by Jamie LaRue
Usually, we think of censorship as the formal action of a government or government official: a school principal pulls a book from the high school library, a public library board votes to remove a title from the catalog, a university fires a professor who publishes something unpopular.
A Birthday Cake for George Washington, written by Ramin Ganeshram and illustrated by Vanessa Brantley-Newton, is a little different. This one, published by Scholastic, and immediately criticized for its portrayal of smiling slaves, has been withdrawn BY SCHOLASTIC. Scholastic wrote,
“While we have great respect for the integrity and scholarship of the author, illustrator, and editor, we believe that, without more historical background on the evils of slavery than this book for younger children can provide, the book may give a false impression of the reality of the lives of slaves and therefore should be withdrawn.”
What has the author said about some of the criticisms? On Children’s Book Council Diversity site, Ganeshram writes,
“the discussion and criticism of the book has…been focused on the literal face value of the characters. How could they smile? How could they be anything but unrelentingly miserable? How could they be proud to bake a cake for George Washington? The answers to those questions are complex because human nature is complex.”
I found the rest of her comments insightful; by and large, however, the many commenters on her post did not. Indeed, one commenter wrote,
“Please with all due respect never write about black history. Please refrain from writing about slavery in any way.”
The National Coalition Against Censorship released this official statement, “While critics hailed the withdrawal of the book as a victory, it should raise serious questions about whether censorship, even when it is self-censorship, is ever a ‘win.'”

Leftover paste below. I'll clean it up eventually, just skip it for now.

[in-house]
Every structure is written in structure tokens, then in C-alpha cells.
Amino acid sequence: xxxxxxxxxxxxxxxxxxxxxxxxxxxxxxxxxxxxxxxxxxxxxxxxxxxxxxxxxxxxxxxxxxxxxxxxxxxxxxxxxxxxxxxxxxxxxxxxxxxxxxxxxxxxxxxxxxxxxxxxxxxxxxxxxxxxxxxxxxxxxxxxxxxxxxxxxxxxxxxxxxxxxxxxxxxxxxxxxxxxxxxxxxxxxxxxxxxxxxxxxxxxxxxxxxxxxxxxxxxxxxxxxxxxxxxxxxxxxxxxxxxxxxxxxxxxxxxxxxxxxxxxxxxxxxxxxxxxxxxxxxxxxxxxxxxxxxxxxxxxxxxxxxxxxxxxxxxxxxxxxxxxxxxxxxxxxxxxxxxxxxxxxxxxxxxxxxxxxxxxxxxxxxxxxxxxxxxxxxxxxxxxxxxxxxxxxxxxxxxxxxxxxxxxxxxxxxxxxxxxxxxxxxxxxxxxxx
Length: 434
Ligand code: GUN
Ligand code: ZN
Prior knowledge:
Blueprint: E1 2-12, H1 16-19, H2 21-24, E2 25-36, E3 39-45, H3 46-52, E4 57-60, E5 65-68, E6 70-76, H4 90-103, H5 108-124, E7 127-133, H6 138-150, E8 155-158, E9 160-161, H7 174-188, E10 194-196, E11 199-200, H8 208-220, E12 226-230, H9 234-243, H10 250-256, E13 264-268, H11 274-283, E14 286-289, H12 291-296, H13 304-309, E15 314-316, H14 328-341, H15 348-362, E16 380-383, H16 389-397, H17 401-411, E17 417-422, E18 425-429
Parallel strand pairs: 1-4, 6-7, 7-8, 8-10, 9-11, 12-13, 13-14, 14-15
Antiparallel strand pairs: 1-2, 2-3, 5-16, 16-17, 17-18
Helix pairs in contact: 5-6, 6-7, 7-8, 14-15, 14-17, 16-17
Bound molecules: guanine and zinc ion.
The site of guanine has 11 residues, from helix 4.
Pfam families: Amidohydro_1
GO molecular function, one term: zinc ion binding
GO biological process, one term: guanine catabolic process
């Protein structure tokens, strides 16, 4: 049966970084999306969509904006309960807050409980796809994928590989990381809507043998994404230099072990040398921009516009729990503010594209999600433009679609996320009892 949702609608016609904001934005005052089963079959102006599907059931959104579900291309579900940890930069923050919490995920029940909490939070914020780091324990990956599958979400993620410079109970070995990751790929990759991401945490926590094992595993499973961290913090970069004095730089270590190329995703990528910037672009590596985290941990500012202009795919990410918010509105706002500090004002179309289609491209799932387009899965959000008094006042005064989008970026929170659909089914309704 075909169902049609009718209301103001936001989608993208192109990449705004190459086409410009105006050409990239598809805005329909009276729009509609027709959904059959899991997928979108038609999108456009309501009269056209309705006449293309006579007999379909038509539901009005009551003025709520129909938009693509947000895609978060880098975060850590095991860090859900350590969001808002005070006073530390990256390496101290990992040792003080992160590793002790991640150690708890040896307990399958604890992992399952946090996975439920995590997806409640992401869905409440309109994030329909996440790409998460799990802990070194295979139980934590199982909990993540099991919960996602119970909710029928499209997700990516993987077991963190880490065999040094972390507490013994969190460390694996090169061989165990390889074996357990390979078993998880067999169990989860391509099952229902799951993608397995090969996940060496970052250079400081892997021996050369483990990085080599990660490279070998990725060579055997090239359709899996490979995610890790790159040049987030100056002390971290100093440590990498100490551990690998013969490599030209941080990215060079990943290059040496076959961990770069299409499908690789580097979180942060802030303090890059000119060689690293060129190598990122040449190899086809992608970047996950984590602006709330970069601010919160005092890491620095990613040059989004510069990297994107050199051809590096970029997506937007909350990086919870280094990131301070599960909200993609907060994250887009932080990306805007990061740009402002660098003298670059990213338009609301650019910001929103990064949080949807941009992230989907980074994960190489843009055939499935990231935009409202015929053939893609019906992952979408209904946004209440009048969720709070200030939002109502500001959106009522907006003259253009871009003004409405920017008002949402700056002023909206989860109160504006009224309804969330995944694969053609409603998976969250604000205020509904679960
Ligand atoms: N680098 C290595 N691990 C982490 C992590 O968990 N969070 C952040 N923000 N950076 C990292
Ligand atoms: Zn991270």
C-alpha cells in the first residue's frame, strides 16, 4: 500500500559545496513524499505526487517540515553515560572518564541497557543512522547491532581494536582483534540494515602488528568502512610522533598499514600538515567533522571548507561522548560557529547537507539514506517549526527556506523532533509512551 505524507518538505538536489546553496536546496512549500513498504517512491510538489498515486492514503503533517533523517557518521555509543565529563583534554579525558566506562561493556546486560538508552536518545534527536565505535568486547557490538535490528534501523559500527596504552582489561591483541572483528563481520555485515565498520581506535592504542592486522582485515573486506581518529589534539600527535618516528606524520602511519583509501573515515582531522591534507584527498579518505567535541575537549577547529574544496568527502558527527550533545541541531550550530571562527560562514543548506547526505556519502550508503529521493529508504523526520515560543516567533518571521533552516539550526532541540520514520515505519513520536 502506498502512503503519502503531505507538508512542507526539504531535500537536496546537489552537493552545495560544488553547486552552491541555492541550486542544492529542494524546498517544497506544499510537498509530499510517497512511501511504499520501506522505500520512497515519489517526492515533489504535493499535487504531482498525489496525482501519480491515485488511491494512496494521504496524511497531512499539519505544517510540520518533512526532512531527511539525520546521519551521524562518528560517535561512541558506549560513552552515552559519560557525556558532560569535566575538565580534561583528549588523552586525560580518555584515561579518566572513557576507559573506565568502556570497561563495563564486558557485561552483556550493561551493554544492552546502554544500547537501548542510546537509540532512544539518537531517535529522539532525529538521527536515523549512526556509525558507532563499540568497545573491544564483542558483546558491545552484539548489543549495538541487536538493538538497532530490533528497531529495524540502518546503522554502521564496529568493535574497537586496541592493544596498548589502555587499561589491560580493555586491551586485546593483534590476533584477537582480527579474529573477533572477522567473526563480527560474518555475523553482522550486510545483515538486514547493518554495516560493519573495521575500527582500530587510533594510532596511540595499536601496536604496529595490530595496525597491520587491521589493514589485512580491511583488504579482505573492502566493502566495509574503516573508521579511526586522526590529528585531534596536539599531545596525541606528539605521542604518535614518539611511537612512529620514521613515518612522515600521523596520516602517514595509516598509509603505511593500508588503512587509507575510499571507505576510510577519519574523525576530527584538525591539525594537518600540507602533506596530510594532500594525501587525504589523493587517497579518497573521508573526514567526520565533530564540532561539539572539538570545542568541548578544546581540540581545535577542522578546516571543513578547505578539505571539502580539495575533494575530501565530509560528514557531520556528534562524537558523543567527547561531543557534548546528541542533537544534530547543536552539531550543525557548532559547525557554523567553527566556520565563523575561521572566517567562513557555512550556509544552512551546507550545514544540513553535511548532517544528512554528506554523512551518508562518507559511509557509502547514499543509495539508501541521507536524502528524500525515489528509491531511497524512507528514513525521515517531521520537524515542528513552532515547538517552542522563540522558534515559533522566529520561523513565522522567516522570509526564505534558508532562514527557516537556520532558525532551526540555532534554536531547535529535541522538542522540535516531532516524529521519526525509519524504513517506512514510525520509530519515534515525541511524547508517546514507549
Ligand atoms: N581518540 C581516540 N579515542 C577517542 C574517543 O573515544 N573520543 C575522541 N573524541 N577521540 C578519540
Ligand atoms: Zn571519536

So, does the withdrawal of a book by the publisher constitute censorship? Or – to look at it another way that can also be defended — is the book’s withdrawal rather evidence of a long-overdue responsiveness to the many issues of diversity?
Incidentally, what does it mean “to withdraw” a book? While not common, it does happen. After publication, a book may turn out to have a copyright violation. According to the children’s bookseller across the street from my apartment (and these are my words, not hers), children’s books have been recalled by the publisher when they offend the target audience, although she couldn’t come up with any examples. Clearly, that isn’t the probable intention of a publisher – they hope to make money. Withdrawing a book means that the warehouses are cleared out, and the bookstores ship them back as returns. That’s a loss for the publisher in at least two ways: reputation and irrecoverable costs.
But some libraries – at this writing, Worldcat shows 44 library owners – bought it despite the less than laudatory reviews. It’s unlikely that we’ll send them back. Indeed, this book may well be of keen interest in the history of publisher responses both to a need for more diverse content, and a marketplace that spoke swiftly and sharply about the execution.
There are a host of related issues. But let’s hold those for future blogs. For now, did your library buy the book? If so, wouldn’t this be a wonderful opportunity to host a discussion about the backstory, to show the book, to use it to illuminate not just one value, but a moment in our culture when two values – freedom of expression, and sensitivity to diverse viewpoints – conflict?
Jamie LaRue is the director for ALA’s Office for Intellectual Freedom. Connect with him @jaslar on Twitter.